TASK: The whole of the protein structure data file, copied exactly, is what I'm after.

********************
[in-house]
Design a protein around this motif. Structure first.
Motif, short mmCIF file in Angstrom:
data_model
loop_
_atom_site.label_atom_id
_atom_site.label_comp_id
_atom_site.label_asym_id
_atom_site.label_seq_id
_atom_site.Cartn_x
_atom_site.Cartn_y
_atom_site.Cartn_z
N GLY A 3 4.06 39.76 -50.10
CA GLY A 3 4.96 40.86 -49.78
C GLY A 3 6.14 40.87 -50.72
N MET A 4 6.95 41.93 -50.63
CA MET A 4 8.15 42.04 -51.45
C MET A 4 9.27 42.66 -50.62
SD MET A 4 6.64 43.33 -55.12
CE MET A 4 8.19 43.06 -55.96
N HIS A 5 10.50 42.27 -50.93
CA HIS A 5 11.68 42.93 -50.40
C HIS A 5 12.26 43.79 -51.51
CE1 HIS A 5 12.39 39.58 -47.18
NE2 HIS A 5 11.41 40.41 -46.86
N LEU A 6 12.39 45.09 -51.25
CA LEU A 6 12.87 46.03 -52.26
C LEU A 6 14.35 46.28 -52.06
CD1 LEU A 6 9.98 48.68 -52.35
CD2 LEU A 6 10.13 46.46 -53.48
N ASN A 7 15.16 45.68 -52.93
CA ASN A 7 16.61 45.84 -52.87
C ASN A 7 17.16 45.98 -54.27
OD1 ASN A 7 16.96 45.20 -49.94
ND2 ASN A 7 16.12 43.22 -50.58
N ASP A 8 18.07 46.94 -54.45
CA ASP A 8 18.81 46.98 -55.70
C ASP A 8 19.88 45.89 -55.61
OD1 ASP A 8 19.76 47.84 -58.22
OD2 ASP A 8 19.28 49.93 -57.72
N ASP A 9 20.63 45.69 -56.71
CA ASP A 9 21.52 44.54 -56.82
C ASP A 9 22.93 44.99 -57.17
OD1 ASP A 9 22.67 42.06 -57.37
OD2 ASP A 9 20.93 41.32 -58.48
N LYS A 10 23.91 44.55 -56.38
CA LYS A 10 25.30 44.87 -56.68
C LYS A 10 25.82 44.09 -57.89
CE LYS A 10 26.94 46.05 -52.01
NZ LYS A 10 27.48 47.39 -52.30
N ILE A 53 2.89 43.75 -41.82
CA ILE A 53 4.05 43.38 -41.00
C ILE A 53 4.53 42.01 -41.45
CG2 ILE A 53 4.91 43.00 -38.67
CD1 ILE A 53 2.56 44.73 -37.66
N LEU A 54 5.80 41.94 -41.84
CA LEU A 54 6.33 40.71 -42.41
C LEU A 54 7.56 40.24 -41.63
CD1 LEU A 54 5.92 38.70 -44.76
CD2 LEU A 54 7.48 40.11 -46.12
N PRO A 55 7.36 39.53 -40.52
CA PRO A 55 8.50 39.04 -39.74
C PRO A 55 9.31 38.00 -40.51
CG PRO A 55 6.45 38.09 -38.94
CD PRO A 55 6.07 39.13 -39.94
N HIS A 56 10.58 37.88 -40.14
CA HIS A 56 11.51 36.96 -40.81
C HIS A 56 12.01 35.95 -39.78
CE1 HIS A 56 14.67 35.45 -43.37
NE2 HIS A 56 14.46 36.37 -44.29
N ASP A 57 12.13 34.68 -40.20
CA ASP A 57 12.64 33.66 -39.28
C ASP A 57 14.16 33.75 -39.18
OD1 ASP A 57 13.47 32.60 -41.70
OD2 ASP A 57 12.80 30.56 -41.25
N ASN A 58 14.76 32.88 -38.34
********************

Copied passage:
[in-house]
Design a protein around this motif. Structure first.
Motif, short mmCIF file in Angstrom:
data_model
loop_
_atom_site.label_atom_id
_atom_site.label_comp_id
_atom_site.label_asym_id
_atom_site.label_seq_id
_atom_site.Cartn_x
_atom_site.Cartn_y
_atom_site.Cartn_z
N GLY A 3 4.06 39.76 -50.10
CA GLY A 3 4.96 40.86 -49.78
C GLY A 3 6.14 40.87 -50.72
N MET A 4 6.95 41.93 -50.63
CA MET A 4 8.15 42.04 -51.45
C MET A 4 9.27 42.66 -50.62
SD MET A 4 6.64 43.33 -55.12
CE MET A 4 8.19 43.06 -55.96
N HIS A 5 10.50 42.27 -50.93
CA HIS A 5 11.68 42.93 -50.40
C HIS A 5 12.26 43.79 -51.51
CE1 HIS A 5 12.39 39.58 -47.18
NE2 HIS A 5 11.41 40.41 -46.86
N LEU A 6 12.39 45.09 -51.25
CA LEU A 6 12.87 46.03 -52.26
C LEU A 6 14.35 46.28 -52.06
CD1 LEU A 6 9.98 48.68 -52.35
CD2 LEU A 6 10.13 46.46 -53.48
N ASN A 7 15.16 45.68 -52.93
CA ASN A 7 16.61 45.84 -52.87
C ASN A 7 17.16 45.98 -54.27
OD1 ASN A 7 16.96 45.20 -49.94
ND2 ASN A 7 16.12 43.22 -50.58
N ASP A 8 18.07 46.94 -54.45
CA ASP A 8 18.81 46.98 -55.70
C ASP A 8 19.88 45.89 -55.61
OD1 ASP A 8 19.76 47.84 -58.22
OD2 ASP A 8 19.28 49.93 -57.72
N ASP A 9 20.63 45.69 -56.71
CA ASP A 9 21.52 44.54 -56.82
C ASP A 9 22.93 44.99 -57.17
OD1 ASP A 9 22.67 42.06 -57.37
OD2 ASP A 9 20.93 41.32 -58.48
N LYS A 10 23.91 44.55 -56.38
CA LYS A 10 25.30 44.87 -56.68
C LYS A 10 25.82 44.09 -57.89
CE LYS A 10 26.94 46.05 -52.01
NZ LYS A 10 27.48 47.39 -52.30
N ILE A 53 2.89 43.75 -41.82
CA ILE A 53 4.05 43.38 -41.00
C ILE A 53 4.53 42.01 -41.45
CG2 ILE A 53 4.91 43.00 -38.67
CD1 ILE A 53 2.56 44.73 -37.66
N LEU A 54 5.80 41.94 -41.84
CA LEU A 54 6.33 40.71 -42.41
C LEU A 54 7.56 40.24 -41.63
CD1 LEU A 54 5.92 38.70 -44.76
CD2 LEU A 54 7.48 40.11 -46.12
N PRO A 55 7.36 39.53 -40.52
CA PRO A 55 8.50 39.04 -39.74
C PRO A 55 9.31 38.00 -40.51
CG PRO A 55 6.45 38.09 -38.94
CD PRO A 55 6.07 39.13 -39.94
N HIS A 56 10.58 37.88 -40.14
CA HIS A 56 11.51 36.96 -40.81
C HIS A 56 12.01 35.95 -39.78
CE1 HIS A 56 14.67 35.45 -43.37
NE2 HIS A 56 14.46 36.37 -44.29
N ASP A 57 12.13 34.68 -40.20
CA ASP A 57 12.64 33.66 -39.28
C ASP A 57 14.16 33.75 -39.18
OD1 ASP A 57 13.47 32.60 -41.70
OD2 ASP A 57 12.80 30.56 -41.25
N ASN A 58 14.76 32.88 -38.34